LOUISVILLE, Ky. (AP) – The Latest on Saturday’s 144th running of the Kentucky Derby (all times local):
Celebrities are making their annual walk down the red carpet at the Kentucky Derby.
“Friday Night Lights” star Taylor Kitsch is attending his first Derby, but he’s no stranger to picking a good horse. He says he won’t settle on a choice until he sees the horses just before the race.
“I love to see them first, see what they’re dealing with, see the energy of the horses right before they get in there, and then I’ll know,” said Kitsch, who has starred in HBO’s “True Detective” and the films “Battleship” and “Lone Survivor.”
Former Dallas Cowboys star Jason Witten turned ESPN football analyst on Monday Night Football made his way to Churchill Downs just days after announcing his retirement from football. Witten says he’s “still on the high right now of going through so many emotions.”
Figure skater Johnny Weir made his usual splash on the red carpet with his choice of head-wear. This year it was three crowns put together to symbolize the Triple Crown.
His horse is Mendelssohn, “simply because I love classical music, classical music is so important to my sport and my life.”
“Blackish” actor Anthony Anderson wore a canary yellow suit and is picking Audible to win the Derby.
Other stars appearing on the red carpet included Kid Rock, Joey Fatone of NSYNC and country star Travis Tritt, attending his 23rd Derby.
The dirt track at Churchill Downs has gone from being fast to listed as muddy.
The surface has been sealed or packed down, allowing water to run off and reduce the amount of precipitation being absorbed. Wet tracks are sealed to provide a safe and even racing surface.
Of the 20 Kentucky Derby runners in Saturday’s race, 12 have never raced on a wet surface.
Bettors might want to consider Flameaway, currently a 50-1 shot that is 2-for-2 on wet tracks.
Justify, the 7-2 favorite, is 1-for-1 on wet tracks, as is Lone Sailor, My Boy Jack and Enticed.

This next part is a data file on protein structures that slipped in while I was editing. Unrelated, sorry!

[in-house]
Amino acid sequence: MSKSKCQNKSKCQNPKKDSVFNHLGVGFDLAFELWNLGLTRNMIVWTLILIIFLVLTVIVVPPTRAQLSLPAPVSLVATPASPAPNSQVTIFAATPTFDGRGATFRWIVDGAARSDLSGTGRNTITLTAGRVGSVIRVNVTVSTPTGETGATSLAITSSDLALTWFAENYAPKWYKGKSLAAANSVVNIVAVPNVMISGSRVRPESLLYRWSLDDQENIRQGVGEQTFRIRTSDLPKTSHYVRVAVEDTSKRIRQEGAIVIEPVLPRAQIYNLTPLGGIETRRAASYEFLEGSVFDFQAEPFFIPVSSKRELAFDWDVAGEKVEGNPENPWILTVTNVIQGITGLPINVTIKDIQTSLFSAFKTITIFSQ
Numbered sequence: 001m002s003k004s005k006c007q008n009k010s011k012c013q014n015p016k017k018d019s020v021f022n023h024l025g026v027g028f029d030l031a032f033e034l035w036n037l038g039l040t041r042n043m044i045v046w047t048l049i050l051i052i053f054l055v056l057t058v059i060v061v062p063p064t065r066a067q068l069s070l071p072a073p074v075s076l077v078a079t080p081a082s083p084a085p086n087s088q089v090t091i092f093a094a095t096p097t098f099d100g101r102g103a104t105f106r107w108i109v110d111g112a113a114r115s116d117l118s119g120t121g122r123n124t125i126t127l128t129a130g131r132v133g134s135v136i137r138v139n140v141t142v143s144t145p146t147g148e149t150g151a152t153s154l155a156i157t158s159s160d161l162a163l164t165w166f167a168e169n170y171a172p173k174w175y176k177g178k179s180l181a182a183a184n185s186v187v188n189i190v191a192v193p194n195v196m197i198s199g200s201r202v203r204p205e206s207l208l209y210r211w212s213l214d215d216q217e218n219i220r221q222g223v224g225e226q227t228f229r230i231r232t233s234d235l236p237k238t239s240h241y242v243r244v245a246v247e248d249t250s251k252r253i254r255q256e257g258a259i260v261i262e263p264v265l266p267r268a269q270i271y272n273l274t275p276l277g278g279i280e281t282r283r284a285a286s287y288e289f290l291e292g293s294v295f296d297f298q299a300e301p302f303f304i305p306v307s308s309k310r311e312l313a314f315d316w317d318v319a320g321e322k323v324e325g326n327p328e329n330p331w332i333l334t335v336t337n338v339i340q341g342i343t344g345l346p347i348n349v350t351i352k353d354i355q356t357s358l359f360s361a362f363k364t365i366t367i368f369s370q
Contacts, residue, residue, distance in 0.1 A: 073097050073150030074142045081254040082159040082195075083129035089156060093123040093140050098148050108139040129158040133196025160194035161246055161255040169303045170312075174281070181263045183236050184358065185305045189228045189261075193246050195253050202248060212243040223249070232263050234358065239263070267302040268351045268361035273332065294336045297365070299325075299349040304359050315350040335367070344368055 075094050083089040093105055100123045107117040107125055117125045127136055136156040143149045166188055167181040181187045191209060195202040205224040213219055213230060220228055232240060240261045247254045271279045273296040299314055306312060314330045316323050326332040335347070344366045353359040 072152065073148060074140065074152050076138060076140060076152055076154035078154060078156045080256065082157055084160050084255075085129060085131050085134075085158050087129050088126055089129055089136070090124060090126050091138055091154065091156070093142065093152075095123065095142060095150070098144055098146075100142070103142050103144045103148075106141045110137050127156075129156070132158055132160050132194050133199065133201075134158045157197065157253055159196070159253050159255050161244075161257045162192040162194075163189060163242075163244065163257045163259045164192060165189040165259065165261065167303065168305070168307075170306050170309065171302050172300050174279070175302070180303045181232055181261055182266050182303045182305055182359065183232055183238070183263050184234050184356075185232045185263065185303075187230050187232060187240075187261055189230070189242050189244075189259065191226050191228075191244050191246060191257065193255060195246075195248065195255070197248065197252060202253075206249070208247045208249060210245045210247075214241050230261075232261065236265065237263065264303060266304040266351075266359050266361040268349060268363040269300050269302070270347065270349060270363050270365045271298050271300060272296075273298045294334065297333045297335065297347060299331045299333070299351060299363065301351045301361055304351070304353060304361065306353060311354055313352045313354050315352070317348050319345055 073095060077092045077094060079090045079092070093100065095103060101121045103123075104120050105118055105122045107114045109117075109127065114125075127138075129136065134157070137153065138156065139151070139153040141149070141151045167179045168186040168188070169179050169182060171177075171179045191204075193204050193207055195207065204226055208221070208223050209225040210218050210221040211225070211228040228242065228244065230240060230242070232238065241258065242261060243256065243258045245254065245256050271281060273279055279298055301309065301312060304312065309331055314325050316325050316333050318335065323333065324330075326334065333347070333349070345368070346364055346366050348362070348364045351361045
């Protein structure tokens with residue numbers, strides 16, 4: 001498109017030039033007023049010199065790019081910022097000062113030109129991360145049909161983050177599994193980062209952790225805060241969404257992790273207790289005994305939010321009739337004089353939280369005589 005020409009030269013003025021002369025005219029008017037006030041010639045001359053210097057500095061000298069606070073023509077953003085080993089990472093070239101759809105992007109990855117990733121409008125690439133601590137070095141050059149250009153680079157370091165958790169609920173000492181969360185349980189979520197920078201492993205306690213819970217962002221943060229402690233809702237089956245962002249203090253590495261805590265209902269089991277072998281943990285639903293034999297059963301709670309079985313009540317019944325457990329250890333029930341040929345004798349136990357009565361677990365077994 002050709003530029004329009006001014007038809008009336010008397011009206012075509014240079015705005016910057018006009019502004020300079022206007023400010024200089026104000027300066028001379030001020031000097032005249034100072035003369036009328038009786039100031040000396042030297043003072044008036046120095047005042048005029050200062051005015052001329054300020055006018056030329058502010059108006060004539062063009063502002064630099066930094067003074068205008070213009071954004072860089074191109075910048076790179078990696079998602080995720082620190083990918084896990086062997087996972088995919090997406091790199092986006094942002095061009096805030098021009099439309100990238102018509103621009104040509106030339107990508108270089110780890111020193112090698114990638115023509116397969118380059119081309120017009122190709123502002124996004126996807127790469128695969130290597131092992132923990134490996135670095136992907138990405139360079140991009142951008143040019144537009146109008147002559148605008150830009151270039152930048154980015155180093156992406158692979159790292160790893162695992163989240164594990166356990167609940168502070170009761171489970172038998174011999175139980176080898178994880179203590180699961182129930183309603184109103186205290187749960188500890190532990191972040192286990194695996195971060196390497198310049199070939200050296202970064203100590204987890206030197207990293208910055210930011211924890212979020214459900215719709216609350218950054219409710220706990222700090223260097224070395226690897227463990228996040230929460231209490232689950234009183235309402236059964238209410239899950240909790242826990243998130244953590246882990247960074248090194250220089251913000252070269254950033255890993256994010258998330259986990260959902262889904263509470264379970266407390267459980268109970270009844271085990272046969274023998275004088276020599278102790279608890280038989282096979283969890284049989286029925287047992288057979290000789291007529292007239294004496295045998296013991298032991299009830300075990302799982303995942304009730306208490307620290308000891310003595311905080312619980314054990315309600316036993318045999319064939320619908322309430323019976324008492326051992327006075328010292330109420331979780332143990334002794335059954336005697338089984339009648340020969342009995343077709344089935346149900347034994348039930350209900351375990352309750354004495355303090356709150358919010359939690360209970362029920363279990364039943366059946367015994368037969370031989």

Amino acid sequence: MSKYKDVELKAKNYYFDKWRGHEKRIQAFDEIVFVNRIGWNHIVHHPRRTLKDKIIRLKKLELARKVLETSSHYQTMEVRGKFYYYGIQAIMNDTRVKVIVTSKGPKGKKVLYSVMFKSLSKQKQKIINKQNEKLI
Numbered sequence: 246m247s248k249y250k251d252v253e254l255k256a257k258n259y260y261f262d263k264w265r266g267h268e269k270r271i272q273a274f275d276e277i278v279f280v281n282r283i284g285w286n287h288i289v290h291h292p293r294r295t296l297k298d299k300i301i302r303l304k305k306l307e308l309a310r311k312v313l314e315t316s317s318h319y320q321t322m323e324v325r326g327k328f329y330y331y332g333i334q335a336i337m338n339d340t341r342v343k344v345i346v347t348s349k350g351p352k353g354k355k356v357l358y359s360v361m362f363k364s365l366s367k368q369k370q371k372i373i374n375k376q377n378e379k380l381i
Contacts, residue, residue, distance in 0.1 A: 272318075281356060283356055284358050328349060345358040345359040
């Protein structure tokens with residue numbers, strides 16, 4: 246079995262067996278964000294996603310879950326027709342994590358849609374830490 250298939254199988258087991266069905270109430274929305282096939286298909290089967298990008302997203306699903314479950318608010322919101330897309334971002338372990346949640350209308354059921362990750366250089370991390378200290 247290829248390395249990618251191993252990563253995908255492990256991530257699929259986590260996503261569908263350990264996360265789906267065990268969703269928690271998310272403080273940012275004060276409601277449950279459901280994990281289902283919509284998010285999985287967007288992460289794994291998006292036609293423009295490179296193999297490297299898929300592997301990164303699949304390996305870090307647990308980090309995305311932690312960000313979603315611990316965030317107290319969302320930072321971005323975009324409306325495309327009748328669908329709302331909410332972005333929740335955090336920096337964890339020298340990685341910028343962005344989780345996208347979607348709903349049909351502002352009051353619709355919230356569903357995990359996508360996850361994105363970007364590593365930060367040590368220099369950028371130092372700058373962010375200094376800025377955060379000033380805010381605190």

Firenze Fire has one win in two starts under such conditions. Free Drop Billy and Combatant have both finished second in their only starts on wet tracks.
Kentucky Derby day got off to a drizzly start for the second year in a row, with spitting rain and the forecast predicting downpours to last all day.
Women traded heels for galoshes and wore ponchos over their dresses. Some in the infield constructed elaborate tents out of tarps to try to stay dry and avoid the forming mud puddles. The weather for some was a disappointing twist after forecasters had for a week been promising perfect weather on Derby Day. It had been sunny and warm leading up to Saturday with temps in the 80s.
Amanda Phillips and Sarah Hoffman bought their mother infield tickets for Christmas, and the trio traveled from Orlando. They’d had their outfits meticulously planned for their first Derby, but eyed the sky Saturday morning, scrapped their dresses and made a last minute run to the store for ponchos and rain boots.
“We don’t mind a little rain, we adapted,” Phillips said, as they stood under an overhang at a wagering window to try to stay out of the rain. “Our hair looked great like two hours ago.”
Steve Asmussen has earned his 8,000th career victory on Kentucky Derby day.
The 52-year-old trainer saddled Lookin At Lee to a 2 1/4-length win in the third race at Churchill Downs on Saturday.
Asmussen is second to the late Dale Baird in career wins among trainers. Baird notched 9,445 over 46 years.
A year ago, Lookin At Lee finished second in the Derby to Always Dreaming by 2 3/4 lengths.
Asmussen has a chance to win his first Derby later Saturday with 76-1 shot Combatant.
He could add to his total with 16 scheduled starters on the day, six at Churchill and 10 at Lone Star Park in Texas.
Bob Baffert is seeking a fifth victory in the Kentucky Derby and he’s got the favorite, too.
Justify is the early 7-2 favorite for Saturday’s 144th Run for the Roses that features a full field of 20 colts. Baffert trains Justify, who has just three starts, and longshot Solomini.
Justify, along with undefeated Magnum Moon, didn’t race as 2-year-olds. They’ll be trying to disprove an old jinx: No horse since Apollo in 1882 has won without racing as a juvenile.
Todd Pletcher will saddle four horses: Audible, the co-third choice at 6-1, along with longshots Magnum Moon, Vino Rosso and Noble Indy.
History would be written if Ireland-based Mendelssohn pulls off a victory. No European colt has ever won the Derby.
The forecast calls for a chance of rain at various times Saturday. Post time is 6:46 p.m. ET.